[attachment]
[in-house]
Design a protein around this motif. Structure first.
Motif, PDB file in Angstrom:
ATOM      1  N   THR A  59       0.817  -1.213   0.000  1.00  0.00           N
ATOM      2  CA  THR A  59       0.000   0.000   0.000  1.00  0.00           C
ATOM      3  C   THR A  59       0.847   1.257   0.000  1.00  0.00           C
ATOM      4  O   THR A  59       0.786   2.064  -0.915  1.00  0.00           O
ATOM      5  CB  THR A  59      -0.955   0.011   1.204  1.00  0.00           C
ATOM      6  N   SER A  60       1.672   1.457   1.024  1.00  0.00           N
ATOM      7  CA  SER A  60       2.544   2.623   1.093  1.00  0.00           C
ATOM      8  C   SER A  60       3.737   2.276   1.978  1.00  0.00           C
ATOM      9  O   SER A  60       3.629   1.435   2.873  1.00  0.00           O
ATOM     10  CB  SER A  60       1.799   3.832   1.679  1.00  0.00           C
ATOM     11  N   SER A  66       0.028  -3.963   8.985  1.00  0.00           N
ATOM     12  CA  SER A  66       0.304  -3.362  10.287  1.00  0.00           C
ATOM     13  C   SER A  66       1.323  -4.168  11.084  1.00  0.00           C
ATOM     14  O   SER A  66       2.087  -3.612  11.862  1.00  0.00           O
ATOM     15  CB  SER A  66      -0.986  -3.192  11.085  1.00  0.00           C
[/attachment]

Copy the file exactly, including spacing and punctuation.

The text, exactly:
[in-house]
Design a protein around this motif. Structure first.
Motif, PDB file in Angstrom:
ATOM      1  N   THR A  59       0.817  -1.213   0.000  1.00  0.00           N
ATOM      2  CA  THR A  59       0.000   0.000   0.000  1.00  0.00           C
ATOM      3  C   THR A  59       0.847   1.257   0.000  1.00  0.00           C
ATOM      4  O   THR A  59       0.786   2.064  -0.915  1.00  0.00           O
ATOM      5  CB  THR A  59      -0.955   0.011   1.204  1.00  0.00           C
ATOM      6  N   SER A  60       1.672   1.457   1.024  1.00  0.00           N
ATOM      7  CA  SER A  60       2.544   2.623   1.093  1.00  0.00           C
ATOM      8  C   SER A  60       3.737   2.276   1.978  1.00  0.00           C
ATOM      9  O   SER A  60       3.629   1.435   2.873  1.00  0.00           O
ATOM     10  CB  SER A  60       1.799   3.832   1.679  1.00  0.00           C
ATOM     11  N   SER A  66       0.028  -3.963   8.985  1.00  0.00           N
ATOM     12  CA  SER A  66       0.304  -3.362  10.287  1.00  0.00           C
ATOM     13  C   SER A  66       1.323  -4.168  11.084  1.00  0.00           C
ATOM     14  O   SER A  66       2.087  -3.612  11.862  1.00  0.00           O
ATOM     15  CB  SER A  66      -0.986  -3.192  11.085  1.00  0.00           C